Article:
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From "Les Hazlewood" <...@hazlewood.com>
Subject Re: Problematic first steps with JSecurity
Date Wed, 15 Oct 2008 18:01:58 GMT
Hi Grzegorz,

> perhaps I will add the required poms for
> simple applications, as this is probably not much work. Still it's good you
> have the main pom.xml file in the project.

Yep, we'd be very happy to have your pom contributions!  Please notify
this list if you have the opportunity to make them.

> 3. The "global" jsecurity setting for filters makes now sense for me. I even
> found the loginUrl property - it was inherited by FormAuthenticationFiler,
> what I haven't noticed before. I think I like this global setting more than
> variables, but obviously variable can be useful too.

Its nice that either option is there - you can choose what you prefer :)

> 4.Regarding default users settings - that's interesting. I found the
> properties file, it is actually called
> org\jsecurity\realm\text\default-jsecurity-users.properties. This can be
> useful for jumpstarting, but it should be also clearly explained that it is
> installed by deafult! Please at least update the QuickStart article on
> JSecurity page to mention this fact - I was really puzzled how it can work
> without defining users and roles somewhere!

Could you please open a Jira issue for this?
http://issues.apache.org/jira/browse/JSEC

I've found that if its not in Jira, it might be forgotten!

> One thing is not clear for me: I undertand those default users are linked to
> some realm. How is this realm defined? How can I be sure it will not be
> active in production? I don't see any [realms] or so section in
> JSecurityFilter config.

The DefaultSecurityManager creates a Realm by default using this
failsafe file if you don't specify any Realms yourself.  It is only a
failsafe mechanism, so it would never be created/enabled in any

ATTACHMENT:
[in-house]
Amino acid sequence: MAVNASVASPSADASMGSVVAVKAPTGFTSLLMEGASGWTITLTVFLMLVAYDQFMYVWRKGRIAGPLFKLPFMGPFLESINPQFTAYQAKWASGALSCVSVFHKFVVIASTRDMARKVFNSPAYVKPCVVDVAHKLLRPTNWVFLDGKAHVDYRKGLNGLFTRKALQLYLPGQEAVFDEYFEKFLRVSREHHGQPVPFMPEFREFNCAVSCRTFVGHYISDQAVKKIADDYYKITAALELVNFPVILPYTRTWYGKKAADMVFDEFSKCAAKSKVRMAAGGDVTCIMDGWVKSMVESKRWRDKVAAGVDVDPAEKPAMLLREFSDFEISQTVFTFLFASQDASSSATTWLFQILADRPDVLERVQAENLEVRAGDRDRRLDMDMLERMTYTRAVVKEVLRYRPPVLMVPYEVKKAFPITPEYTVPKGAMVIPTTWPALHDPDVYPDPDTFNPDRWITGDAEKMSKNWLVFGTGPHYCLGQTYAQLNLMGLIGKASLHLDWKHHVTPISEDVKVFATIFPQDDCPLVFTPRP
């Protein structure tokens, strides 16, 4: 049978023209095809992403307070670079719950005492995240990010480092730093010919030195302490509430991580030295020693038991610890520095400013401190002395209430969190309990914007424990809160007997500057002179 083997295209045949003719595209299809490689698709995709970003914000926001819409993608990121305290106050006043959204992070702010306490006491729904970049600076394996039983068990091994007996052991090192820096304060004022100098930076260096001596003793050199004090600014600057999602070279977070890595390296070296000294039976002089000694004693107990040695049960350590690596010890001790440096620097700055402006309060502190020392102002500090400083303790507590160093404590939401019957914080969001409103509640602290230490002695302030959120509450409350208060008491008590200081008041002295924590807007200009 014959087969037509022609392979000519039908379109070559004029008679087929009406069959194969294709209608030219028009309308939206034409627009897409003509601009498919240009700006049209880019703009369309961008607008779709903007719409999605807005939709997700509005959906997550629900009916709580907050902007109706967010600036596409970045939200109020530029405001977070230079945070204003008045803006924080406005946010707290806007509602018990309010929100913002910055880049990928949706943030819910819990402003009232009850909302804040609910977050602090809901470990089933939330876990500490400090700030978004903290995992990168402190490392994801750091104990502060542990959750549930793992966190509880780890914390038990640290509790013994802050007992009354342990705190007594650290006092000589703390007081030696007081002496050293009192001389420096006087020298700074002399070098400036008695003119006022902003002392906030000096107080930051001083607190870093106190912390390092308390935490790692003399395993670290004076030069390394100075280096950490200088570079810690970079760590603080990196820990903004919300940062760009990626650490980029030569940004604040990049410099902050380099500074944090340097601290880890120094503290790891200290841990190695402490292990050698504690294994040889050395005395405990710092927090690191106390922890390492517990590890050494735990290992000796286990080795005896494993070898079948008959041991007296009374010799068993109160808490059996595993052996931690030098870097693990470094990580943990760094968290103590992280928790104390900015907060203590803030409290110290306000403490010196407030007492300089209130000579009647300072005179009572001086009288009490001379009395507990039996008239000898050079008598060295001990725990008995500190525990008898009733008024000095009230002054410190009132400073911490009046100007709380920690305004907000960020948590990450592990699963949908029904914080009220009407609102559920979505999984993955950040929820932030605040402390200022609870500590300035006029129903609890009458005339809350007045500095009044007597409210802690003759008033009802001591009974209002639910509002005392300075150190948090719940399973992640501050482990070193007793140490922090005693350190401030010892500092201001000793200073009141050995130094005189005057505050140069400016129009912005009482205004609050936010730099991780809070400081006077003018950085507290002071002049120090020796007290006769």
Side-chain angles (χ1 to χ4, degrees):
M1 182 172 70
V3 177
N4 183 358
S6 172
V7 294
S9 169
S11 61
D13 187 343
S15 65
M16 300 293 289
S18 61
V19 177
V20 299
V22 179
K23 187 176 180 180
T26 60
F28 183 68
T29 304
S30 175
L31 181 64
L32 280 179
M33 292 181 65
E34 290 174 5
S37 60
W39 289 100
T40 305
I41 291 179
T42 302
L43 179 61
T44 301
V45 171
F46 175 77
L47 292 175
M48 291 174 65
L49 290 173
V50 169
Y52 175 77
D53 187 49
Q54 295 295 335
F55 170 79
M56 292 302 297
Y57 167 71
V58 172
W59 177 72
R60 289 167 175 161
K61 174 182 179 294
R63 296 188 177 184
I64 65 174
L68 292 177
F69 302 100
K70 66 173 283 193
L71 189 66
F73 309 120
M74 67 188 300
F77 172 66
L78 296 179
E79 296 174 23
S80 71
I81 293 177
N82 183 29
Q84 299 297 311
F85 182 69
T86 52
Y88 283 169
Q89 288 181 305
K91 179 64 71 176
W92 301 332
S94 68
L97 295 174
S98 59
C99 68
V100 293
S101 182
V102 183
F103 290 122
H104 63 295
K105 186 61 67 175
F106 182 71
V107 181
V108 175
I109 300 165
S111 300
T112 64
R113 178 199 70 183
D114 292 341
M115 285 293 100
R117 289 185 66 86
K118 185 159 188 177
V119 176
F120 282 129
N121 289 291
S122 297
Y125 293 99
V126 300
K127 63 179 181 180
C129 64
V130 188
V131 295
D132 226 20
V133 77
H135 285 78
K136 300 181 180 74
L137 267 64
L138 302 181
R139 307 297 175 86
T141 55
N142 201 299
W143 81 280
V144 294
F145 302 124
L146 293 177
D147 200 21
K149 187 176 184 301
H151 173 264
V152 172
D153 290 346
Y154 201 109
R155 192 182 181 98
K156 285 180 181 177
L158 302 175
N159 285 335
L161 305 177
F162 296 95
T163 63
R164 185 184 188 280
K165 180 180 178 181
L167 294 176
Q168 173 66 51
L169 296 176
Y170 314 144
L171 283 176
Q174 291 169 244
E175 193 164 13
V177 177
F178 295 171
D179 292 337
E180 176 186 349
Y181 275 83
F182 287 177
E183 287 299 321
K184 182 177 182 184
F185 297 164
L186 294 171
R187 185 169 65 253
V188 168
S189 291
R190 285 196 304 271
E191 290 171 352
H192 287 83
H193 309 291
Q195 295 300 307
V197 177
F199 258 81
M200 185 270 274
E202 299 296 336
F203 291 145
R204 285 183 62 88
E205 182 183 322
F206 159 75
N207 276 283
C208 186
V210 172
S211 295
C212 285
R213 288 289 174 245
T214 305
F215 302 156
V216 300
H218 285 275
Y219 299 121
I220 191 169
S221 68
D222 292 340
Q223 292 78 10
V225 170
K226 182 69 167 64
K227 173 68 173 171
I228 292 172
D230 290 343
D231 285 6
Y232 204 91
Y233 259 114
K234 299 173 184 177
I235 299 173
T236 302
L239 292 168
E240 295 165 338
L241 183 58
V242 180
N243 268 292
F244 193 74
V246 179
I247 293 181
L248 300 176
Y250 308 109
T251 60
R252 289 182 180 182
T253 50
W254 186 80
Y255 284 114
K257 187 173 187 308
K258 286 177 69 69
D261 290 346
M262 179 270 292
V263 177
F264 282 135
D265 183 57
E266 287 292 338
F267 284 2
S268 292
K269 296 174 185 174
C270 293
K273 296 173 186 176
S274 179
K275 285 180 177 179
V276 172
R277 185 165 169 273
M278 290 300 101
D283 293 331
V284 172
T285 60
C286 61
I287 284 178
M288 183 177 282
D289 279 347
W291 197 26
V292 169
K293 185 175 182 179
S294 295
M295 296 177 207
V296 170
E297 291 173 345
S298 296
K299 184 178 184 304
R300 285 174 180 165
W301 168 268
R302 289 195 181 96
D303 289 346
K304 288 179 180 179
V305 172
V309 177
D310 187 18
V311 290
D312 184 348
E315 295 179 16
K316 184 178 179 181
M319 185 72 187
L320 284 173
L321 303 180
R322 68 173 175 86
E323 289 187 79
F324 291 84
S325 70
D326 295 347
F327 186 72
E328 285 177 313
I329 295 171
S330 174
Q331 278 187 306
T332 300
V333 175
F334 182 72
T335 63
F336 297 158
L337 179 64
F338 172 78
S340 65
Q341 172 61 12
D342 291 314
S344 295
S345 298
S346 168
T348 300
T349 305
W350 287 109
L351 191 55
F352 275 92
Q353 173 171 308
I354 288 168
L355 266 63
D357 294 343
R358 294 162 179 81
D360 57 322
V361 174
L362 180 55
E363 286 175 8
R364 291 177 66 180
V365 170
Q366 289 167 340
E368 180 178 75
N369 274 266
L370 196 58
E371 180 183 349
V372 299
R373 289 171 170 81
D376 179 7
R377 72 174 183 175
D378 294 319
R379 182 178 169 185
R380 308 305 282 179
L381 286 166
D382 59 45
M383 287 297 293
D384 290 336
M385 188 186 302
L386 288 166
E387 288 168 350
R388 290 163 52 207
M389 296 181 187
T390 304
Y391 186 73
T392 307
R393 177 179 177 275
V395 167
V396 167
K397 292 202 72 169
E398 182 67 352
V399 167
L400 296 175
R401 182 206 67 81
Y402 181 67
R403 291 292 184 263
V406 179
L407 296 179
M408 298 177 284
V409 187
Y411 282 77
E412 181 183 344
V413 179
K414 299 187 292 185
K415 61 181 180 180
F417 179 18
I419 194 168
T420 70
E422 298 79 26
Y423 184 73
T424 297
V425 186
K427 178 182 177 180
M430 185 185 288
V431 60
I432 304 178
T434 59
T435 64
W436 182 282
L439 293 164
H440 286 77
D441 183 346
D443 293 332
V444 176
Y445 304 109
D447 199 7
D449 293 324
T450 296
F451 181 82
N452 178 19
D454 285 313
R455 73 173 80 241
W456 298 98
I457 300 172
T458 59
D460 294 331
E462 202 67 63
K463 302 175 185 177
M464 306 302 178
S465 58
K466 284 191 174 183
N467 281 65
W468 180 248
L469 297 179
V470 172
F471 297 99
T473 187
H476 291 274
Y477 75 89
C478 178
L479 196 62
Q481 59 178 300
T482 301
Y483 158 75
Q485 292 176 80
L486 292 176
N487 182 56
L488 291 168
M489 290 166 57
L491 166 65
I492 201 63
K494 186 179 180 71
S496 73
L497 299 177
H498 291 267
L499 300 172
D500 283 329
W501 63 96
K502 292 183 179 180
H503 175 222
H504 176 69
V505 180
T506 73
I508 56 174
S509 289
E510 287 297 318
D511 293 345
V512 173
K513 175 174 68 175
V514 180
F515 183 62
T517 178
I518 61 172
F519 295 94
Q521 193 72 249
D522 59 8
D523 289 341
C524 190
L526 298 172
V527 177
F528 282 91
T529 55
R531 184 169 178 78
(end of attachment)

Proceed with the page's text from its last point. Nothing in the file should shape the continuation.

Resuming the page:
application where you set one or more of your own Realms.

If you have access to the source code, you can look at the
org.jsecurity.mgt.RealmSecurityManager abstract class (it is in the
parent class chain of DefaultSecurityManager), specifically the
ensureRealms() and createDefaultRealm() methods. These can be
overridden in a subclass if you prefer, or you can just inject your
own Realm (this should be done anyway) and the default won't be
created.

Maybe this is something that can be discussed by the development team
before releasing 1.0 - to _not_ enable a default realm, as it might be
confusing than it helps, as was probably your case.  Please open a
Jira issue as an "Improvement" so we can discuss it further.

> And more generally: how do I turn off the default
> settings (e.g. turn off basic http authentication filter?)

Many default filters are created by default in a web environment, but
none of them are used unless you explicitly configure them to be used
in the [urls] section of the jsecurity configuration.  That is, they
are automatically in the available 'pool' ready to be used, but won't
be used unless you explicitly enable them in a url mapping.

> Recently I was trying to learn Spring Security, especially ACL
> functionality. I have even published my results here:
> http://grzegorzborkowski.blogspot.com/2008/10/spring-security-acl-very-basic-tutorial.html
> http://grzegorzborkowski.blogspot.com/2008/10/spring-security-acl-very-basic-tutorial.html
> - you may look at it in your free time. I will try to implement similar
> sample application in JSecurity now, and will let you know about results.

The write-up is really fantastic - very thorough and well done - nice
job!  I hope that your experience with JSecurity will be a little
better, and at the least, require much less effort than the Acegi
writeup took you.  Please keep us posted!

Cheers,

Les


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